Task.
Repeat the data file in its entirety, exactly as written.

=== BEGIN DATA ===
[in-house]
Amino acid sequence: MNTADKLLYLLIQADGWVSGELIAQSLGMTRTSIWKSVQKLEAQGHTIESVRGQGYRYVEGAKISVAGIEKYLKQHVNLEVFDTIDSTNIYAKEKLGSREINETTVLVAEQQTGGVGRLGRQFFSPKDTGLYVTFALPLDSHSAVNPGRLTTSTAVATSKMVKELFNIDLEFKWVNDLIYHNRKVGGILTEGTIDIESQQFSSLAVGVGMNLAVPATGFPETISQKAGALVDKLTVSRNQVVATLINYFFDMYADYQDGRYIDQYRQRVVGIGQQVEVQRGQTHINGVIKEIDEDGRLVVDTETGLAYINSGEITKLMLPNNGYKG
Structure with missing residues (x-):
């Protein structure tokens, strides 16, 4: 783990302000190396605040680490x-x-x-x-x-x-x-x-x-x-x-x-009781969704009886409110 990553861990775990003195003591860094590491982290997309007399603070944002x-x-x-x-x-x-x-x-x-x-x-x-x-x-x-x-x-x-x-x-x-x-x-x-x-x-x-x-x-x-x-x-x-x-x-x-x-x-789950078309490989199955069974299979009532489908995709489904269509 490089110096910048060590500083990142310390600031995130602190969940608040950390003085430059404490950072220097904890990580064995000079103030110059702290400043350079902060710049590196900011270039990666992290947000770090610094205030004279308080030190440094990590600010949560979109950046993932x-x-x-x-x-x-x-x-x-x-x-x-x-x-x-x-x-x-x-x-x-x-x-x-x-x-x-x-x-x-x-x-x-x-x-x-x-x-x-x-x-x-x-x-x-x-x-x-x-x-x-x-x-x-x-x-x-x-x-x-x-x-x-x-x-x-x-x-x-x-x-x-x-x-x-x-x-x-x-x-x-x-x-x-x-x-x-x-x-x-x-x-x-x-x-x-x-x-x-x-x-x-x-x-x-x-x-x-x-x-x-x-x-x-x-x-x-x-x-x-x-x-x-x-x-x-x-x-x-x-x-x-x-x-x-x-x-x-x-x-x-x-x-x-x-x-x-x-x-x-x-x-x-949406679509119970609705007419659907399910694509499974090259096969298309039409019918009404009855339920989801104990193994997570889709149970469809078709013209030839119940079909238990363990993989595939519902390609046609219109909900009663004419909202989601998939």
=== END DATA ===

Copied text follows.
[in-house]
Amino acid sequence: MNTADKLLYLLIQADGWVSGELIAQSLGMTRTSIWKSVQKLEAQGHTIESVRGQGYRYVEGAKISVAGIEKYLKQHVNLEVFDTIDSTNIYAKEKLGSREINETTVLVAEQQTGGVGRLGRQFFSPKDTGLYVTFALPLDSHSAVNPGRLTTSTAVATSKMVKELFNIDLEFKWVNDLIYHNRKVGGILTEGTIDIESQQFSSLAVGVGMNLAVPATGFPETISQKAGALVDKLTVSRNQVVATLINYFFDMYADYQDGRYIDQYRQRVVGIGQQVEVQRGQTHINGVIKEIDEDGRLVVDTETGLAYINSGEITKLMLPNNGYKG
Structure with missing residues (x-):
């Protein structure tokens, strides 16, 4: 783990302000190396605040680490x-x-x-x-x-x-x-x-x-x-x-x-009781969704009886409110 990553861990775990003195003591860094590491982290997309007399603070944002x-x-x-x-x-x-x-x-x-x-x-x-x-x-x-x-x-x-x-x-x-x-x-x-x-x-x-x-x-x-x-x-x-x-x-x-x-x-789950078309490989199955069974299979009532489908995709489904269509 490089110096910048060590500083990142310390600031995130602190969940608040950390003085430059404490950072220097904890990580064995000079103030110059702290400043350079902060710049590196900011270039990666992290947000770090610094205030004279308080030190440094990590600010949560979109950046993932x-x-x-x-x-x-x-x-x-x-x-x-x-x-x-x-x-x-x-x-x-x-x-x-x-x-x-x-x-x-x-x-x-x-x-x-x-x-x-x-x-x-x-x-x-x-x-x-x-x-x-x-x-x-x-x-x-x-x-x-x-x-x-x-x-x-x-x-x-x-x-x-x-x-x-x-x-x-x-x-x-x-x-x-x-x-x-x-x-x-x-x-x-x-x-x-x-x-x-x-x-x-x-x-x-x-x-x-x-x-x-x-x-x-x-x-x-x-x-x-x-x-x-x-x-x-x-x-x-x-x-x-x-x-x-x-x-x-x-x-x-x-x-x-x-x-x-x-x-x-x-x-x-949406679509119970609705007419659907399910694509499974090259096969298309039409019918009404009855339920989801104990193994997570889709149970469809078709013209030839119940079909238990363990993989595939519902390609046609219109909900009663004419909202989601998939």